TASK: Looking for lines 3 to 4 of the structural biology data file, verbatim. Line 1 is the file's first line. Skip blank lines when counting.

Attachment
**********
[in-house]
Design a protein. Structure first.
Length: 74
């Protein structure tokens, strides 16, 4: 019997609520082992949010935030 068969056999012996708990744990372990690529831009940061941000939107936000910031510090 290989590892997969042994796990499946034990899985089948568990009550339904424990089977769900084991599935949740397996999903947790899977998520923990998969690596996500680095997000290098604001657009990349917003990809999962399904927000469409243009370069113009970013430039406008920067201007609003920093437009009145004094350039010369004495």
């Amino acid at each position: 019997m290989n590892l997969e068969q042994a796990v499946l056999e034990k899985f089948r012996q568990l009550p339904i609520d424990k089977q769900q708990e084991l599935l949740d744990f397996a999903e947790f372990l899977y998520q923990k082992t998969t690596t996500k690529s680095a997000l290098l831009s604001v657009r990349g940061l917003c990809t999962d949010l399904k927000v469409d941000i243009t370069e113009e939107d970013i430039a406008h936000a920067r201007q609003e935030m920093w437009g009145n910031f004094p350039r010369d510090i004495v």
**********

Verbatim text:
Length: 74
């Protein structure tokens, strides 16, 4: 019997609520082992949010935030 068969056999012996708990744990372990690529831009940061941000939107936000910031510090 290989590892997969042994796990499946034990899985089948568990009550339904424990089977769900084991599935949740397996999903947790899977998520923990998969690596996500680095997000290098604001657009990349917003990809999962399904927000469409243009370069113009970013430039406008920067201007609003920093437009009145004094350039010369004495």